October 21, 2011
Rt Hon MP David Miliband was welcomed by a full house at the Rose Bowl today in what was a very lively and interesting Q&A event. The former Foreign Secretary’s first question was focused on the transition of economic power from West to East. Miliband referenced the prediction that China’s economy is expected to overtake the US by 2020 and the need for us to adapt to the changing world order.
Miliband was keen to emphasize the shift in power from bourgeoisie to the people, using the Arab Spring and Occupy Wall Street as an example. He attributed this shift to new technology, citing the Zimbabwean electorate using their phones to take pictures of their vote to prevent foul play by despot Mugabe.
On the subject of democratic process, Miliband pointed out that many express concerns over the future of Libyan politics, fearing a fundamentalist Islamist majority. Mr Miliband rejected these concerns, calling for us to promote democracy, regardless of its consequences. Furthermore, he reiterated the fact that the tide of revolution that has swept the North Africa is home grown, devoid of western intervention, therefore we must support those seeking democratic change.
Questions then moved onto Syria and the Assad regime. “Despite the deaths of 2900 protestors, the situation in Syria differs significantly different to that in Libya,” Miliband said. He then highlighted China & Russia’s veto on any form of action against President Assad and the divide of philosophy among the international community on foreign interventionism.
When asked if we should ignore the veto, Miliband replied “yes, if there is a humanitarian need, a viable military solution and the geo-political positives outweigh the negatives,” citing the Sunni-Shea Muslim divide and the connections with Iran as political antagonists for military action.
On the subject the 2010 election, Miliband conceded that his party lost because “we didn’t give people enough reasons to vote for us.” He was very keen to reject a claim from a member of the audience that Labour because of the Iraq War, arguing that those that defected because of Iraq defected in 2005, yet Labour still won. However another member added that Labour’s return to opposition was overdue, citing 5 million voters lost in 2005.
When pushed for a position on university staff strikes by Professor Paul Blackledge, Miliband claimed “strikes should be used as a last resort tactic, there needs to be a greater, coherent strategy,” referencing the historic Jarrow March of 1936 and the movement’s failure to achieve anything because of a lack of strategy and leadership.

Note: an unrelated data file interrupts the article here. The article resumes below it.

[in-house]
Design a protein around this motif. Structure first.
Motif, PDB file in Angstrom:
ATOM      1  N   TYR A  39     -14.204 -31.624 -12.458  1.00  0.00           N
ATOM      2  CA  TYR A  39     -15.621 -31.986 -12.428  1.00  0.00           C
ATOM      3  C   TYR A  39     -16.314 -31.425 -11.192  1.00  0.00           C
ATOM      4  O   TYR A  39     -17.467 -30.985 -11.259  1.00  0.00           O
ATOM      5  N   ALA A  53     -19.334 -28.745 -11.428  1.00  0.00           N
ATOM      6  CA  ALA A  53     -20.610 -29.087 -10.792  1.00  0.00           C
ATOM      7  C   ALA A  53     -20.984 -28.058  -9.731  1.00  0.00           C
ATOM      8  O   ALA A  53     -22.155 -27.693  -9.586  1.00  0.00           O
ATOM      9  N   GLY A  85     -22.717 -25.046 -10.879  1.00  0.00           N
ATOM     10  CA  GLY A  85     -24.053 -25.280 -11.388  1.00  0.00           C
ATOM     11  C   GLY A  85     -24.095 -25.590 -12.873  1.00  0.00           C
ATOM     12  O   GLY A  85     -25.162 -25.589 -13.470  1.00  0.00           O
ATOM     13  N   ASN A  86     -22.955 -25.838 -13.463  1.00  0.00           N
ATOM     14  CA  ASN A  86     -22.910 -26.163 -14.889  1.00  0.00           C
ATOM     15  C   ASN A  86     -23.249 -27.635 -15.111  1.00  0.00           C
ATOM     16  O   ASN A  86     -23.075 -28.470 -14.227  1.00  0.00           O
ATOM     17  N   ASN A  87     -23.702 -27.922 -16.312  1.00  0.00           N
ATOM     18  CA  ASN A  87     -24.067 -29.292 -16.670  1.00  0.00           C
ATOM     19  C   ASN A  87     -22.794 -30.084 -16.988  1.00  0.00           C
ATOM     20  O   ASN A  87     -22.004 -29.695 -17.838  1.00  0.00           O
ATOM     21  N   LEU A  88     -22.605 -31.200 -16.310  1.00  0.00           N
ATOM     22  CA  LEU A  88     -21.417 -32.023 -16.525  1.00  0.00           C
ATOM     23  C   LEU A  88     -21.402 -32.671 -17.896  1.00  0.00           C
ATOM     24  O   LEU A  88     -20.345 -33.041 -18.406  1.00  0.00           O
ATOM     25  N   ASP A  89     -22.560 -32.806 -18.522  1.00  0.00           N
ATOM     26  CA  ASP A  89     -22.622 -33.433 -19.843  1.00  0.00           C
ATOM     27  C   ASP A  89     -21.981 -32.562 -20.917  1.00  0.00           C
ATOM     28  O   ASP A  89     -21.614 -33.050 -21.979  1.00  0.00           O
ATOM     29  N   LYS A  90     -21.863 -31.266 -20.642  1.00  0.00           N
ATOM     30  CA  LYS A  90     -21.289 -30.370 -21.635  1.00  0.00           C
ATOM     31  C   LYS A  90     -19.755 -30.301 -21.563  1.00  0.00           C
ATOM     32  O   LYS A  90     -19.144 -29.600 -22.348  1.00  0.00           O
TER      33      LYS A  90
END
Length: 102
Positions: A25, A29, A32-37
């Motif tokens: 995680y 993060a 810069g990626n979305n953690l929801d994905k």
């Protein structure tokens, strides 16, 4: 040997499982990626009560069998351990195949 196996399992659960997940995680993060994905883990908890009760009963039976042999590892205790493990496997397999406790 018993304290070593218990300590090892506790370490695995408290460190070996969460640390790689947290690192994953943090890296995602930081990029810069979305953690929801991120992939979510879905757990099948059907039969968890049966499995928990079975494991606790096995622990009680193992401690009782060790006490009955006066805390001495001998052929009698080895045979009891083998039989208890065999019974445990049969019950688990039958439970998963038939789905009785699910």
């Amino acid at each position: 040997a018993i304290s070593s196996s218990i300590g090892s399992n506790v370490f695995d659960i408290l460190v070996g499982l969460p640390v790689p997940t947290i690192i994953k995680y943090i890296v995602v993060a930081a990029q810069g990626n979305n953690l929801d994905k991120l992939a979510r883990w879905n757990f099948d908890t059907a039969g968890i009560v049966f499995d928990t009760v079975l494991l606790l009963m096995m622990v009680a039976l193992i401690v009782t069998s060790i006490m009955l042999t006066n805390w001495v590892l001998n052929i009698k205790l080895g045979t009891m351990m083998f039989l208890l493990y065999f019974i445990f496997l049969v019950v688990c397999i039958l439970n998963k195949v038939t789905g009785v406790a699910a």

One member of audience protested “if you support the will of the people in the Arab world, you are heavily contradicting yourself by not supporting our strike against pension cuts.” A slightly rumbled looking Miliband replied saying that he is not against strike action; however he fears the political resolve of the uni staff maybe lost if there is no clear strategy that will achieve the desired results.
Miliband advocated multi-lateral disarmament when quizzed on the relevance of Trident in the 21st century and confirmed his support for the plight of the Kurdish population against Turkish aggression. Moreover, Mr Miliband supported the call for a compulsory register of Lobbyists “anything to control lobbyists” he remarked, much to the dismay of aspiring public affairs professionals in the audience.
In conclusion, a very insightful and worldly talk by the MP for South Shields was commended with thundering applause from an over-capacity lecture theatre.
October 12, 2011
The second CIPR Guest Lecture attracted yet another full house as Kevin Murray , CEO of the Bell Potinger Group delivered a fascinating lecture, based on his forthcoming book: The Language of Leaders.
Murray wrote the book after interviewing 54 chairmen, CEOs & Business Leaders as well as 3 military generals and 2 Police Commissioners to ascertain how leaders inspire and influence others to achieve the results the desire.
“It was my years spent as a journalist that I decided I was never going to stop learning and reporting on what it is I had learnt.”